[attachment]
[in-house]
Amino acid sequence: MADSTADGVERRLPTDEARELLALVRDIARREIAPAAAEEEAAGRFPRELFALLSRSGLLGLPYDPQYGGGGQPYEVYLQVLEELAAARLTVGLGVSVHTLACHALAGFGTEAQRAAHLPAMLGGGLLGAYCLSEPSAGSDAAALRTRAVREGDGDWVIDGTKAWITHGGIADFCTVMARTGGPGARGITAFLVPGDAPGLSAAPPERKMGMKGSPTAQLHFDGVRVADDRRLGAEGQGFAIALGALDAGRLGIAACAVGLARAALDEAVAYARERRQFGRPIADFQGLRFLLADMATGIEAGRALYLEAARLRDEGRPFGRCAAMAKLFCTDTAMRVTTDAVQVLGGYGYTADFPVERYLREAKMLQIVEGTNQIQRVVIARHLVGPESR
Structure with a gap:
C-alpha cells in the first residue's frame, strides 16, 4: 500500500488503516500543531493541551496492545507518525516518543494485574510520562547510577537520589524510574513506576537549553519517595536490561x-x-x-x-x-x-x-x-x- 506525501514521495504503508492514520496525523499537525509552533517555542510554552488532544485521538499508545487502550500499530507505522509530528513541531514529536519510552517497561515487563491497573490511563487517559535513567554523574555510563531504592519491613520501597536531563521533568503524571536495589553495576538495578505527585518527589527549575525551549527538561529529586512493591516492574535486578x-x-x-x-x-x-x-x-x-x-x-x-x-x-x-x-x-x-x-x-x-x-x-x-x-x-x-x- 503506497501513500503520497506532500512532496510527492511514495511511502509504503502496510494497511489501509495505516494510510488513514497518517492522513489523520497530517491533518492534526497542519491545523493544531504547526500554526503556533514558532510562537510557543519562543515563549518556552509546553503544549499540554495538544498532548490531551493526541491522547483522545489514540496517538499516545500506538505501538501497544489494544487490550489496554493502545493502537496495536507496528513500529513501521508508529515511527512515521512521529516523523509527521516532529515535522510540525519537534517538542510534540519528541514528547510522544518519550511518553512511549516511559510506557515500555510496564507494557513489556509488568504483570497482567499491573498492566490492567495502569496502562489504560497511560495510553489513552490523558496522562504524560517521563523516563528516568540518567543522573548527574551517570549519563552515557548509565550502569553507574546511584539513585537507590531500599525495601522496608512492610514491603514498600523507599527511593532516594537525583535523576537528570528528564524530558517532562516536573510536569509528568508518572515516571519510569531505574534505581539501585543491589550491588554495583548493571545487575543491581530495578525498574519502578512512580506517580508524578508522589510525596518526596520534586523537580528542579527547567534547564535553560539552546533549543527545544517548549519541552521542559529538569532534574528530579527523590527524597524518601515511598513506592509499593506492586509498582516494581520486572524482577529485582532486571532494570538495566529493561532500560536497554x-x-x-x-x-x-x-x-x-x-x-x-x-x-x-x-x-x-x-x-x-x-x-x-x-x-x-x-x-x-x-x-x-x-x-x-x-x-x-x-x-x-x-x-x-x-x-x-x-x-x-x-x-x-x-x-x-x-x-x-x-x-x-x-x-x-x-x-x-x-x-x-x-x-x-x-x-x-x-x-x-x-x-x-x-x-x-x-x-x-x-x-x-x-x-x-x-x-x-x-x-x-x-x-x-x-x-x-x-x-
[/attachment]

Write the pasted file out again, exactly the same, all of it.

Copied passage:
[in-house]
Amino acid sequence: MADSTADGVERRLPTDEARELLALVRDIARREIAPAAAEEEAAGRFPRELFALLSRSGLLGLPYDPQYGGGGQPYEVYLQVLEELAAARLTVGLGVSVHTLACHALAGFGTEAQRAAHLPAMLGGGLLGAYCLSEPSAGSDAAALRTRAVREGDGDWVIDGTKAWITHGGIADFCTVMARTGGPGARGITAFLVPGDAPGLSAAPPERKMGMKGSPTAQLHFDGVRVADDRRLGAEGQGFAIALGALDAGRLGIAACAVGLARAALDEAVAYARERRQFGRPIADFQGLRFLLADMATGIEAGRALYLEAARLRDEGRPFGRCAAMAKLFCTDTAMRVTTDAVQVLGGYGYTADFPVERYLREAKMLQIVEGTNQIQRVVIARHLVGPESR
Structure with a gap:
C-alpha cells in the first residue's frame, strides 16, 4: 500500500488503516500543531493541551496492545507518525516518543494485574510520562547510577537520589524510574513506576537549553519517595536490561x-x-x-x-x-x-x-x-x- 506525501514521495504503508492514520496525523499537525509552533517555542510554552488532544485521538499508545487502550500499530507505522509530528513541531514529536519510552517497561515487563491497573490511563487517559535513567554523574555510563531504592519491613520501597536531563521533568503524571536495589553495576538495578505527585518527589527549575525551549527538561529529586512493591516492574535486578x-x-x-x-x-x-x-x-x-x-x-x-x-x-x-x-x-x-x-x-x-x-x-x-x-x-x-x- 503506497501513500503520497506532500512532496510527492511514495511511502509504503502496510494497511489501509495505516494510510488513514497518517492522513489523520497530517491533518492534526497542519491545523493544531504547526500554526503556533514558532510562537510557543519562543515563549518556552509546553503544549499540554495538544498532548490531551493526541491522547483522545489514540496517538499516545500506538505501538501497544489494544487490550489496554493502545493502537496495536507496528513500529513501521508508529515511527512515521512521529516523523509527521516532529515535522510540525519537534517538542510534540519528541514528547510522544518519550511518553512511549516511559510506557515500555510496564507494557513489556509488568504483570497482567499491573498492566490492567495502569496502562489504560497511560495510553489513552490523558496522562504524560517521563523516563528516568540518567543522573548527574551517570549519563552515557548509565550502569553507574546511584539513585537507590531500599525495601522496608512492610514491603514498600523507599527511593532516594537525583535523576537528570528528564524530558517532562516536573510536569509528568508518572515516571519510569531505574534505581539501585543491589550491588554495583548493571545487575543491581530495578525498574519502578512512580506517580508524578508522589510525596518526596520534586523537580528542579527547567534547564535553560539552546533549543527545544517548549519541552521542559529538569532534574528530579527523590527524597524518601515511598513506592509499593506492586509498582516494581520486572524482577529485582532486571532494570538495566529493561532500560536497554x-x-x-x-x-x-x-x-x-x-x-x-x-x-x-x-x-x-x-x-x-x-x-x-x-x-x-x-x-x-x-x-x-x-x-x-x-x-x-x-x-x-x-x-x-x-x-x-x-x-x-x-x-x-x-x-x-x-x-x-x-x-x-x-x-x-x-x-x-x-x-x-x-x-x-x-x-x-x-x-x-x-x-x-x-x-x-x-x-x-x-x-x-x-x-x-x-x-x-x-x-x-x-x-x-x-x-x-x-x-